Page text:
Watch Martin Scorsese’s Full Comments on ‘Theme Park’ Marvel Movies (Video)

The latest comments from Martin Scorsese on “theme park” Marvel movies and how they have “invaded” theaters are bound to be misinterpreted as an attack on Marvel. So we’d encourage you to watch the director’s full comments in the video above.

Tweet-length summaries of Scorsese’s remarks this weekend at the BFI London Film Festival are bound to miss the nuance of his remarks. Scorsese wasn’t so much attacking Marvel as defending the “communal experience” of watching films in theaters, while noting that “homes are becoming theaters, too.”

Also read: How Martin Scorsese’s Goodfellas Tracking Shot Went Comically Wrong

Scorsese expressed worry that some films will be crowded out of theaters if theater owners fail to make balanced choices about what to screen.

“What’s got to be protected is the singular experience of experiencing a picture, ideally with an audience. But there’s room for so many others now,” Scorsese said.

Scorsese then discussed “the value of a film that’s like a theme-park film for example, the Marvel-type pictures where the theaters become amusement parks, that’s a different experience.”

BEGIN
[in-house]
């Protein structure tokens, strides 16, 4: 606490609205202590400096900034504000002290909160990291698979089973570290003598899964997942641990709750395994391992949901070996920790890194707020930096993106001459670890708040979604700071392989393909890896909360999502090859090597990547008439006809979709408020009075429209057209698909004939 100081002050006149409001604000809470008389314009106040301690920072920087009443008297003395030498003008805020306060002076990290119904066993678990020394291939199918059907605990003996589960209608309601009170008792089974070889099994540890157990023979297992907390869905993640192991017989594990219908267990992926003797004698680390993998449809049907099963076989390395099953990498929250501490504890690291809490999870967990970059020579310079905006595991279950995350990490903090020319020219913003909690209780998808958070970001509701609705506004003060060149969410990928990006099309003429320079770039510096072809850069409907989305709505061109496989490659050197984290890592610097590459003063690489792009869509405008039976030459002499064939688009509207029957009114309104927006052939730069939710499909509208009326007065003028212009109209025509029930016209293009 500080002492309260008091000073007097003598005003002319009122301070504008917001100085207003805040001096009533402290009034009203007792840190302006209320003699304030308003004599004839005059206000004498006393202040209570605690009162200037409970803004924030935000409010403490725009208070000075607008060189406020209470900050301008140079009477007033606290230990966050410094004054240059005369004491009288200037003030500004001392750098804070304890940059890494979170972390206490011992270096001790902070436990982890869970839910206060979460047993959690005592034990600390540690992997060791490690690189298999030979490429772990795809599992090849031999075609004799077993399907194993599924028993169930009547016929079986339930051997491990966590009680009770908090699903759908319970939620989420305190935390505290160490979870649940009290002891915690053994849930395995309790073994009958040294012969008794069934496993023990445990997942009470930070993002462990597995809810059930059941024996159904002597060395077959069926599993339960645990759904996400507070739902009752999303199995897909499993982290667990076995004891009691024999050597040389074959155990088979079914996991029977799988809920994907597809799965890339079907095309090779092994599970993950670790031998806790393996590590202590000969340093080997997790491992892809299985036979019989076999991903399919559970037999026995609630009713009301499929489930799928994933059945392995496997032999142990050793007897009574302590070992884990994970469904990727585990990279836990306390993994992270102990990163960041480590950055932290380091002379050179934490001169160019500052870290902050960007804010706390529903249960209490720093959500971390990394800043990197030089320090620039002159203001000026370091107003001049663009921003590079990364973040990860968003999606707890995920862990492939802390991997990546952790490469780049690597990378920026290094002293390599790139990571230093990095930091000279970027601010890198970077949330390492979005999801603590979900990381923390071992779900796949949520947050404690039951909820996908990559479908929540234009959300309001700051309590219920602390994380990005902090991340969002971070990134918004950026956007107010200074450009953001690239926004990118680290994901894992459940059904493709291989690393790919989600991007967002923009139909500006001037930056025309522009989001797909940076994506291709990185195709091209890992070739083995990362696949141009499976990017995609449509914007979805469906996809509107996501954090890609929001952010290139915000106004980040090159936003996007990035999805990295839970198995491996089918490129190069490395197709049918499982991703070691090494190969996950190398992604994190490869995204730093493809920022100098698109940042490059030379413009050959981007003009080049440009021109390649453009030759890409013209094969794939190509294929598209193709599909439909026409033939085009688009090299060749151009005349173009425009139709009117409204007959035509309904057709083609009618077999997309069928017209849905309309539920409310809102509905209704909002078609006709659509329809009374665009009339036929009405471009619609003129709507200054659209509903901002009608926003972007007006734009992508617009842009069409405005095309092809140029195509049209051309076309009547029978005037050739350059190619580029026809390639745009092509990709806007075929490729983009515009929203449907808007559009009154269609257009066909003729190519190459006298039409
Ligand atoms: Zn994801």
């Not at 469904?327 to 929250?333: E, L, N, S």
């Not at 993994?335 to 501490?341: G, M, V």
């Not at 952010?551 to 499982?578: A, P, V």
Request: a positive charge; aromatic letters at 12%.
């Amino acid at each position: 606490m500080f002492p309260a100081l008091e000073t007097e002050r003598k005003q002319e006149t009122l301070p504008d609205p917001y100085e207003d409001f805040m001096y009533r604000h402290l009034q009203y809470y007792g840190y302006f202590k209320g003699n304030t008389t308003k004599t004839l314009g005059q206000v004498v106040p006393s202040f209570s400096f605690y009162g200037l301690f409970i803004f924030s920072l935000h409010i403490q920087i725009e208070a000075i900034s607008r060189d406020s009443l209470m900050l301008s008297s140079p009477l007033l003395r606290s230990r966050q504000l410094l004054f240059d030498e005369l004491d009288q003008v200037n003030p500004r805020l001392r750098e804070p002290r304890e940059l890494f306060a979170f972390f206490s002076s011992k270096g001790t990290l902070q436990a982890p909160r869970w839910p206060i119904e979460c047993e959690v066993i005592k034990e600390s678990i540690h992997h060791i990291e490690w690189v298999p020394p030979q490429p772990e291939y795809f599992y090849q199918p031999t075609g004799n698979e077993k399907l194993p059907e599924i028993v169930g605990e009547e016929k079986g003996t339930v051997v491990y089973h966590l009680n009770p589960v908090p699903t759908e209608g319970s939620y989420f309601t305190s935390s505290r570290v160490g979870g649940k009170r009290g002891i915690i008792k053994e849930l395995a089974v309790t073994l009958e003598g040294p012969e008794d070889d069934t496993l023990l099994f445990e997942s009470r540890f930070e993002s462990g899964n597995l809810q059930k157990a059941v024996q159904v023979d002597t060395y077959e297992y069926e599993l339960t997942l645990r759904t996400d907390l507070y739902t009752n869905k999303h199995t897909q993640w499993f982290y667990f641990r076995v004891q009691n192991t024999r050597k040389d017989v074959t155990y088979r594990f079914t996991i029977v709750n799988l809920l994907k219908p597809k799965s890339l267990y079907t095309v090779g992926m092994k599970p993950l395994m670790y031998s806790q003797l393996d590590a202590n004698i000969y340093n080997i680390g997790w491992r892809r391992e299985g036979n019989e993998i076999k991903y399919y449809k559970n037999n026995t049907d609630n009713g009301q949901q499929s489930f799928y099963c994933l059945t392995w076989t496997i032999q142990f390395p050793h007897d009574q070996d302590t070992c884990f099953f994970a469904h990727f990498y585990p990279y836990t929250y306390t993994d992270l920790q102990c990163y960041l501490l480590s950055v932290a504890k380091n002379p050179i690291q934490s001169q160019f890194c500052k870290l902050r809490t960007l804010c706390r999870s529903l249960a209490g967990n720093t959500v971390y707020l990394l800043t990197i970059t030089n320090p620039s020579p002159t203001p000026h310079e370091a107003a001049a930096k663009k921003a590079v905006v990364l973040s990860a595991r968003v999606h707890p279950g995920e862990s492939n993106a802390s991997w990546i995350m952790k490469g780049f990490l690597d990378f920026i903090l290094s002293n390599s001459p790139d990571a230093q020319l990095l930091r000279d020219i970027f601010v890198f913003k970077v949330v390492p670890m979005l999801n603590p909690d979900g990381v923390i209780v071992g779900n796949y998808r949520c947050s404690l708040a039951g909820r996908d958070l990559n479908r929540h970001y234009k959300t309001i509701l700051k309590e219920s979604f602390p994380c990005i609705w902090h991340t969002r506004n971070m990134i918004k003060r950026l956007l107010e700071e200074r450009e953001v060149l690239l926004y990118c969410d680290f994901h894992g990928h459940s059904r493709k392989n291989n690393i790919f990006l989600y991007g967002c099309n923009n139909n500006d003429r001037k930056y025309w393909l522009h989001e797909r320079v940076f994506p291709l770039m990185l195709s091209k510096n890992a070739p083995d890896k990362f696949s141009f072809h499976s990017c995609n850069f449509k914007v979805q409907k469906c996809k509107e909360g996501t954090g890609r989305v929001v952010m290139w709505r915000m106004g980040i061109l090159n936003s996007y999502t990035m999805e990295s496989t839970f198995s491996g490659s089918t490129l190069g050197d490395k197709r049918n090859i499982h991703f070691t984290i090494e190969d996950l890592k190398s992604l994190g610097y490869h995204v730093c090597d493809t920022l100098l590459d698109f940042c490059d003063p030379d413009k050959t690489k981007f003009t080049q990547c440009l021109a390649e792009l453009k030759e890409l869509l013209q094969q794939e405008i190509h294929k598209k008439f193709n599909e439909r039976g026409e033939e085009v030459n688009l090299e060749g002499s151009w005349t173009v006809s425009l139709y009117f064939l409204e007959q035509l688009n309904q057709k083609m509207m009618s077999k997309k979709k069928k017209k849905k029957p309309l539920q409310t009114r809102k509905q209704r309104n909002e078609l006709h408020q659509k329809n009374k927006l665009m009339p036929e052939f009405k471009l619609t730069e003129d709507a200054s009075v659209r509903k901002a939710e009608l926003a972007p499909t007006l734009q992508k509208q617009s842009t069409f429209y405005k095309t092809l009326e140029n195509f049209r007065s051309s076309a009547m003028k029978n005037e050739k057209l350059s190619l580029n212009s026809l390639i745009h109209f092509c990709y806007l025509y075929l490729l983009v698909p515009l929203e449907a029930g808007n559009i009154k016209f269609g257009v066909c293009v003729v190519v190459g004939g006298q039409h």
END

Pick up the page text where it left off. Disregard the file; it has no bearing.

“It’s not cinema, it’s something else,” Scorsese said. “Whether you go for that or not. But it is something else, and we shouldn’t be invaded by it. And so that’s a big issue, that’s a big issue, and we need the theater owners to step up for that, you see, to allow theaters to show pictures that are narrative films.”

Also read: This Robert De Niro King of Comedy Anecdote Says a Lot About His Process

The entire clip is worth watching. In it, Scorsese speaks about the tradeoffs involved in making his film with Netflix, and how holograms and other technology will become a part of moviemaking. He spoke at a news conference for The Irishman while sitting alongside stars Al Pacino and Robert De Niro.

Scorsese previously set off Marvel fans’ Spidey sense when he told Empire magazine that Marvel films are “not cinema.”

“Honestly, the closest I can think of them, as well made as they are, with actors doing the best they can under the circumstances, is theme parks. It isn’t the cinema of human beings trying to convey emotional, psychological experiences to another human being,” he told Empire.

The new Warner Bros. hit Joker, meanwhile, based on the DC Comics villain, draws heavily from the Scorsese films Taxi Driver and King of Comedy.

Marvel’s owner, Disney, capped the week by releasing a new trailer for “Disney’s Jungle Cruise,” a film based on a theme-park ride.

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